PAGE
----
Abstract:
    This act provides coordination and assistance to regional poison control centers for the establishment of a nationwide toll-free phone number to be used to access such centers.


Occupational:

  • Gonzalez Arroyo M, Kurre L. Young Agricultural Workers in California. 1997. Berkeley, CA: Labor Occupational Health Program, School of Public Health, University of California, Berkeley. (E.65.08 S)

    Abstract:
    The Labor Occupational Health Program (LOHP) conducted a survey of the job health and safety of young agricultural workers in California. This report presents the findings of that study, including a profile of young agricultural workers in California, a discussion of the injury rates and types, major farm hazards for youth, protections for young agricultural workers, key findings from parents, community organizations, youth, and employers, and recommendations. Appendices include a summary of California's child labor laws and the text of "Are you a teen working in agriculture?" in both English and Spanish.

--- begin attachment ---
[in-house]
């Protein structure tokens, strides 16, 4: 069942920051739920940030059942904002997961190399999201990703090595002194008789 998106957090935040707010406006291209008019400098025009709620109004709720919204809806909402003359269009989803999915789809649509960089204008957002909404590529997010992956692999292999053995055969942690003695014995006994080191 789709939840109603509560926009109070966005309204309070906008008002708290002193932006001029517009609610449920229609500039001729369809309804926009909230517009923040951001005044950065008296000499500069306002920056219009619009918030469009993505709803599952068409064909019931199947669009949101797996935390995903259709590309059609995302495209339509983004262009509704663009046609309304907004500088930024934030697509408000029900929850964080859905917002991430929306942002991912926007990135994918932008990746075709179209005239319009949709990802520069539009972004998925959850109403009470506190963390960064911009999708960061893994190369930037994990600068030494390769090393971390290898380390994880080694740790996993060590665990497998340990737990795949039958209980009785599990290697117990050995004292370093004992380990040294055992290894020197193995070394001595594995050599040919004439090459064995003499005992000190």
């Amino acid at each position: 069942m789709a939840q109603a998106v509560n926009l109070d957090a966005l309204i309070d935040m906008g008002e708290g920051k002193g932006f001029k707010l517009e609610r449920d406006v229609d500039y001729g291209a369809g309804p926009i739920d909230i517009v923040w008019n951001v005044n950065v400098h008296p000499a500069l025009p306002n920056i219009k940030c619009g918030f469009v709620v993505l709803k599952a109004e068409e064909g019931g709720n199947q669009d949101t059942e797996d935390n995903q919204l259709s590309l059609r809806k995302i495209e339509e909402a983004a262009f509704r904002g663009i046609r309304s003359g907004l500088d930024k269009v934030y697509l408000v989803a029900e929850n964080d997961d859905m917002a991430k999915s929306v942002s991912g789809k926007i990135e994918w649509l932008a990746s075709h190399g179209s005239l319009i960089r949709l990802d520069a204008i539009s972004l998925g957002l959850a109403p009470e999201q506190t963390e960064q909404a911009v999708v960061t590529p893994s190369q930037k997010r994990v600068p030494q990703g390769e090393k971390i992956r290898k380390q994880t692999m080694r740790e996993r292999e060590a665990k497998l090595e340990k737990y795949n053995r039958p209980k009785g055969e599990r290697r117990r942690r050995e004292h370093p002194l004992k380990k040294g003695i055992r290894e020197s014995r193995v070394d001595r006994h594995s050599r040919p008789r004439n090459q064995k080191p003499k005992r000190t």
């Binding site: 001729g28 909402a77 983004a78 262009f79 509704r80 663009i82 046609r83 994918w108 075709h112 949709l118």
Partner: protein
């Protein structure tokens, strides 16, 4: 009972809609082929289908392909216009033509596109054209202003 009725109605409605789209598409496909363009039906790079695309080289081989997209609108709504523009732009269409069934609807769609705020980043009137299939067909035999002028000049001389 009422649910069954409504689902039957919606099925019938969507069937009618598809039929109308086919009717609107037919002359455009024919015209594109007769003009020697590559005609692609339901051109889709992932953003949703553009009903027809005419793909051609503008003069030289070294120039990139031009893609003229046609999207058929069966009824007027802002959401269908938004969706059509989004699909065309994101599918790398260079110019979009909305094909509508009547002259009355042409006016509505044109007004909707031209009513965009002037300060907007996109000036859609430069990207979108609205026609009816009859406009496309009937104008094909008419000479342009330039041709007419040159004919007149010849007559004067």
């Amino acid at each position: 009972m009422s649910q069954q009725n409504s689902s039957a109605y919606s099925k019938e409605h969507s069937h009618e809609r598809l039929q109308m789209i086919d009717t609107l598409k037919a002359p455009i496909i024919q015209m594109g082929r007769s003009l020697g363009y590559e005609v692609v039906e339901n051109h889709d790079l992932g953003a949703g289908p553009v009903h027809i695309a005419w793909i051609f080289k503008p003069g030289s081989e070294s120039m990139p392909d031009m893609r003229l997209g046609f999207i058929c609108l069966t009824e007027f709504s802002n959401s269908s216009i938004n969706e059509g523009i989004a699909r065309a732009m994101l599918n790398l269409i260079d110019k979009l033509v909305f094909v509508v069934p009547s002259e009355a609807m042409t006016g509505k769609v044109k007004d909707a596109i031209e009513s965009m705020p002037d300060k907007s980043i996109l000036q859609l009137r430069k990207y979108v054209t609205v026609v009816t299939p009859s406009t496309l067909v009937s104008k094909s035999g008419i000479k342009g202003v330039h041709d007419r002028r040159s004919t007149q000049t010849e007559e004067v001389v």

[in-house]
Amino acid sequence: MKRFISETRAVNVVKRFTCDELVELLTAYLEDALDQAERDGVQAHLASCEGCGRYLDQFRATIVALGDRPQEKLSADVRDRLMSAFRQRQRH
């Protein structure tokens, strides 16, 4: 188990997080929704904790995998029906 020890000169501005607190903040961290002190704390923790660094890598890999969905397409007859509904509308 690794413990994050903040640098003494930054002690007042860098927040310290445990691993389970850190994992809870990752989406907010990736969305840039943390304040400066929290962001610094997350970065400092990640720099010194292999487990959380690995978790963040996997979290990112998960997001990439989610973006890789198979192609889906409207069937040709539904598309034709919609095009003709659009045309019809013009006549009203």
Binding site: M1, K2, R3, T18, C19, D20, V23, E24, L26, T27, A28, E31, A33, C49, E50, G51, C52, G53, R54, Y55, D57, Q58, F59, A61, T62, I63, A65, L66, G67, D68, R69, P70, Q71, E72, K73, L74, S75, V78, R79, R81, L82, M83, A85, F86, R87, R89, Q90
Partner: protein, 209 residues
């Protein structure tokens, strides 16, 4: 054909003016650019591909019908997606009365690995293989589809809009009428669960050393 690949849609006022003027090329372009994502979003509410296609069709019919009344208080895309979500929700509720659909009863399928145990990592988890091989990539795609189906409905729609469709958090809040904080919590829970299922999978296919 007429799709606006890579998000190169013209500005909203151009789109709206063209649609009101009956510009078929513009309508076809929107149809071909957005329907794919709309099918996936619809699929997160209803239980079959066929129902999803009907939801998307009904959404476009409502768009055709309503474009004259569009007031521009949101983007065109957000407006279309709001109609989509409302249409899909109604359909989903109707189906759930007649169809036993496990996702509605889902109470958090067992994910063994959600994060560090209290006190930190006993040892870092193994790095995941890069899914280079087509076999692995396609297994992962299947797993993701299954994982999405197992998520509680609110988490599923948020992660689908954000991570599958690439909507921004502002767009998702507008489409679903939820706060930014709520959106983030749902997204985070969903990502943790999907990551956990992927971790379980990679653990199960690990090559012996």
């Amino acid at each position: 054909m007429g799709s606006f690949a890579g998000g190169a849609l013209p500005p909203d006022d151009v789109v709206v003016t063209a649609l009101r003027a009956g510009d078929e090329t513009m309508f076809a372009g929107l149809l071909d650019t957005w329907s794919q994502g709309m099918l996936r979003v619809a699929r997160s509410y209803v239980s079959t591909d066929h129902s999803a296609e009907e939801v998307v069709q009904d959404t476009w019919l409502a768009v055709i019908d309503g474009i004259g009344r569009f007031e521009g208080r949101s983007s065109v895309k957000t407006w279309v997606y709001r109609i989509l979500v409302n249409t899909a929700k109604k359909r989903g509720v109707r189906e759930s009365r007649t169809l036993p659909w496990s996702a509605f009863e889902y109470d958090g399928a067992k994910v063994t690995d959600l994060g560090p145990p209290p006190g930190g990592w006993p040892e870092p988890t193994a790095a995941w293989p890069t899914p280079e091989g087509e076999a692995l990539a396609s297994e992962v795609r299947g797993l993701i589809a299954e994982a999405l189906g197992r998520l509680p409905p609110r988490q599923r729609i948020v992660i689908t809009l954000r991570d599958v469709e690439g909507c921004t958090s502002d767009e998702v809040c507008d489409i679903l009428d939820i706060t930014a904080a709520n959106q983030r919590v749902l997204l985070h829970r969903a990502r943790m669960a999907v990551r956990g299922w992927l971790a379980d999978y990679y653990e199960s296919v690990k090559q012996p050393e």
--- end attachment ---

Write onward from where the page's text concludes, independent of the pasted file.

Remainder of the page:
Violence:

  • Bensley L, MacDonald S, Van Eenwyk J, Wynkoop Simmons K, Ruggles D, and Family and Intimate Violence Prevention Team, NCIPC, CDC. Prevalence of intimate partner violence and injuries - Washington, 1998. Morbidity and Mortality Weekly Report 2000; 49(26):589-592. (E.82 S)

    Abstract:
    Approximately 20% of emergency department visits for trauma and 25% of homicides of women involve intimate partner violence (IPV). To assess IPV prevalence in Washington, the Washington State Department of Health added questions from the Conflict Tactics Scale and the Revised Conflict Tactics Scale to its 1998 Behavioral Risk Factor Surveillance System (BRFSS) survey. This report describes an analysis of responses to the questions, which indicated that women were more likely than men to experience IPV in their lifetime, and more than three times more likely than men to experience injuries from IPV.